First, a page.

Facing an influx of refugees from war-torn Syria, Turkey has reneged on a deal struck with the European Union in 2016 to limit the number of migrants entering the EU via Turkey. Greek police have prevented 35,000 attempts to traverse the border since last Friday, turning away refugees who have been refused return to Turkey. With thousands now trapped between states and the resources of the Greek border authorities stretched, Europe faces the prospect of another destabilising crisis.
EU leaders have been swift to offer their support to Athens. On a visit to the Greek border earlier this week, European Commission President Ursula von der Leyen affirmed “our first priority is making sure that order is maintained at the Greek external border, which is also a European border. I am fully committed to mobilising all the necessary operational support to the Greek authorities.” European Council President Charles Michel has also reiterated the EU’s support for the 2016 deal, stressing “we will continue to guarantee the implementation of this agreement. But we expect from the Turkish side that they will also respect what they promised in the framework of this agreement.”
Back in Brussels, the EU’s crisis response machinery has already been cranked into action. At an extraordinary meeting of European home affairs ministers on Wednesday, the Commission presented an Action Plan of measures to support to the Greek government, including €350m in immediate financial assistance. Frontex, the EU’s border agency, is also working to deploy two rapid intervention operations to Greece’s land and sea borders, and will coordinate a new programme to speed up returns.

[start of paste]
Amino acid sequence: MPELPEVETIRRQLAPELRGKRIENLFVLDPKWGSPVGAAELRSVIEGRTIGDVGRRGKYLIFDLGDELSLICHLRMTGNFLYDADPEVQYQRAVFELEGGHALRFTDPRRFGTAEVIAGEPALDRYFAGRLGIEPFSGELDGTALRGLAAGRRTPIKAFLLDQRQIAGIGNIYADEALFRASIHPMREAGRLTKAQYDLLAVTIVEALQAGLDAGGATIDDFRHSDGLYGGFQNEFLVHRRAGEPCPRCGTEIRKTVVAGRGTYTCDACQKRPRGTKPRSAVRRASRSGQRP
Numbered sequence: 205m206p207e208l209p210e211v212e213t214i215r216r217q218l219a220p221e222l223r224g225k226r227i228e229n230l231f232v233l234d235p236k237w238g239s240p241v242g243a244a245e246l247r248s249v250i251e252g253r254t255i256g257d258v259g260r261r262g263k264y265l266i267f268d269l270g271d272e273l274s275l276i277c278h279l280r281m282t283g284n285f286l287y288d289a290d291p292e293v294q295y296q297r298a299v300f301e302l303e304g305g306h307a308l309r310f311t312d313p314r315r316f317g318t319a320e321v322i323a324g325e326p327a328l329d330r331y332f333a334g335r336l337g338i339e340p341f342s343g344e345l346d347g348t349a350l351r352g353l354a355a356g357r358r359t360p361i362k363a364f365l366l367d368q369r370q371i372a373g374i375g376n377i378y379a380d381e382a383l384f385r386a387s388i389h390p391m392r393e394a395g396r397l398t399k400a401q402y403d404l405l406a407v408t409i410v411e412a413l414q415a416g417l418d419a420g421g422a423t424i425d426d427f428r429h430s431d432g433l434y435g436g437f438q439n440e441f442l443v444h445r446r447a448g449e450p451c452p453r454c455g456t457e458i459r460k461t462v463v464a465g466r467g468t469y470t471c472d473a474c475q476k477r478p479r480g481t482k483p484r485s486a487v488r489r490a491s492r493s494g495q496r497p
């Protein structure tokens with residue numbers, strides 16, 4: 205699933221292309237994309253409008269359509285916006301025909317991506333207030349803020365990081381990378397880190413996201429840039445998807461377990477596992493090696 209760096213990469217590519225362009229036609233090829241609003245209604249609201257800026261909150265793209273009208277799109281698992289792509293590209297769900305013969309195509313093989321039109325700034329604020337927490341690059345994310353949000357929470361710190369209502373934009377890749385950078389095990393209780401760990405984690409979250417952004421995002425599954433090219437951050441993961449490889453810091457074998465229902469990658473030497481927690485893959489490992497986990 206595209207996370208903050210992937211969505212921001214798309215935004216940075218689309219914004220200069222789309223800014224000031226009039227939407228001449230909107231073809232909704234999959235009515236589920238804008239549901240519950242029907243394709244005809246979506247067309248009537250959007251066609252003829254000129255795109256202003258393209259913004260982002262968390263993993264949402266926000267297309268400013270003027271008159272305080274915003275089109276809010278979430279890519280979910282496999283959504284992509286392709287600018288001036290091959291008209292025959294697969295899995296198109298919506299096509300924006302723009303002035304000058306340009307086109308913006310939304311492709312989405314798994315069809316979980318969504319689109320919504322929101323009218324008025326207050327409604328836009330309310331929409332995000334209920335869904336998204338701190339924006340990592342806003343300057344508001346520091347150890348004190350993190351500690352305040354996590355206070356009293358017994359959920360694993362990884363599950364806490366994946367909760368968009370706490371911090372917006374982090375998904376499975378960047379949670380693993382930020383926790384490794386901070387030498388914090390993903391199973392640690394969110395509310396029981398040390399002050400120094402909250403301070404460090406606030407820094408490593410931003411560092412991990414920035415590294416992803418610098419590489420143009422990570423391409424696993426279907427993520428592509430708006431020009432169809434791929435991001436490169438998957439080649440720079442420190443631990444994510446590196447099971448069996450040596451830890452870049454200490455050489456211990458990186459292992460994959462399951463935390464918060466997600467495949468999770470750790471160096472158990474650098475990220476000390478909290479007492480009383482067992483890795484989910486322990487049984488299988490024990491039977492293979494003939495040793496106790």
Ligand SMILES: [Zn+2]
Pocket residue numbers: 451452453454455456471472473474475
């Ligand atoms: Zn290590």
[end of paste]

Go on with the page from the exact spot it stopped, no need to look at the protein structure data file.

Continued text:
Over the coming months, the Commission will be working intensely to conclude proposals for a New Pact on Migration and Asylum. President von der Leyen has also recently pledged to relaunch the process of reforming the Dublin System for EU asylum rules. While it remains to be seen whether the EU and Turkey can revive their original agreement, the idea of offering even greater financial support to Ankara has been gaining traction in recent days.
European leaders are evidently anxious to avoid a repeat of the 2015 migration crisis, none more so than German Chancellor Angela Merkel, her diminished political authority testament to its legacy. Another poorly managed crisis this year, in parallel with the spread of Coronavirus, could pose existential questions for the integrity of the Schengen area.